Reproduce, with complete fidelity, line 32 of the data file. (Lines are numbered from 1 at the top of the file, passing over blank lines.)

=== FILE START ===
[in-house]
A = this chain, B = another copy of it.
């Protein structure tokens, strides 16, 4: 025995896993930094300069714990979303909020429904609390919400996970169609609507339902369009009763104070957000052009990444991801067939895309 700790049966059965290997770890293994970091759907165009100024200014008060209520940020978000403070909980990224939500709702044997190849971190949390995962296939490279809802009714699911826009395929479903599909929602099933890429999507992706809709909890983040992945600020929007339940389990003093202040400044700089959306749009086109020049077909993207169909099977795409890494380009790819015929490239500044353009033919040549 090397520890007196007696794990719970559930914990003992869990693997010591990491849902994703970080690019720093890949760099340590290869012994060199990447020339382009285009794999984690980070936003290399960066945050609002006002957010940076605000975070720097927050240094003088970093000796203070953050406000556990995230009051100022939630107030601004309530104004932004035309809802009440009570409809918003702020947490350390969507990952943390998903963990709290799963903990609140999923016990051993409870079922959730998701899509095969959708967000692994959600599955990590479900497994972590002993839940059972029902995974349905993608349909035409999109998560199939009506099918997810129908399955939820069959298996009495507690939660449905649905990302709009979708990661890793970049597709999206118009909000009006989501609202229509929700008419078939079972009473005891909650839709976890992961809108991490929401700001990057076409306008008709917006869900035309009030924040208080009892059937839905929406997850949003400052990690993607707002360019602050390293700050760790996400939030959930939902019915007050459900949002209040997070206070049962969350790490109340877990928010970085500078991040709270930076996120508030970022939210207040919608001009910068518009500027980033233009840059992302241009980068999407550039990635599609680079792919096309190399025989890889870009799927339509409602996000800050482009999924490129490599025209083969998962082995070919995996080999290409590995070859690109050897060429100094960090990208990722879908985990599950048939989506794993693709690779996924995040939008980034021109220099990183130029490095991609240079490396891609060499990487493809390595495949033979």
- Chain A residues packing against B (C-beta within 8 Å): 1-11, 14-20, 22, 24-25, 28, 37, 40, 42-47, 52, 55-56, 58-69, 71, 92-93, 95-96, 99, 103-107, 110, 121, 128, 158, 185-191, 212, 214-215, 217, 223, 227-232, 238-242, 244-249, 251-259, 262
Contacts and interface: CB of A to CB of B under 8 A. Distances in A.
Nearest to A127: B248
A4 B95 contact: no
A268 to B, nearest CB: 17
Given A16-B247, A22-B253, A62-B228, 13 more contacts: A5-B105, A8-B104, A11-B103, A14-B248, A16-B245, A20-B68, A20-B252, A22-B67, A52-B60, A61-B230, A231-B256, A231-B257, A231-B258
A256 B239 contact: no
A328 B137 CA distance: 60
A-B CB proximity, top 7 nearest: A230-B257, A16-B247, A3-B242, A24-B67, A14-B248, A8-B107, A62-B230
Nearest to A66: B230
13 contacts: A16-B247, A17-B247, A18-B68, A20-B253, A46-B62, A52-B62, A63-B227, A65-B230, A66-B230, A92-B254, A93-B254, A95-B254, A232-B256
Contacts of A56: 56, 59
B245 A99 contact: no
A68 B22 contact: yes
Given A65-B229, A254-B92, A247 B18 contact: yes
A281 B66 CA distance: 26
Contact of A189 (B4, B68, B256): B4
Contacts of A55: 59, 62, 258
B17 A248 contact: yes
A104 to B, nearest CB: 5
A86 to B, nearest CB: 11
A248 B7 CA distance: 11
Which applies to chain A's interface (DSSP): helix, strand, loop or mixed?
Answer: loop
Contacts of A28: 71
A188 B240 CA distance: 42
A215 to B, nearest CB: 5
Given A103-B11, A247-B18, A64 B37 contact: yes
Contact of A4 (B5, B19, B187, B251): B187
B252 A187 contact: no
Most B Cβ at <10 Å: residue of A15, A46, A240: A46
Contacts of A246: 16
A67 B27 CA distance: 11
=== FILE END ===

Contact of A4 (B5, B19, B187, B251): B187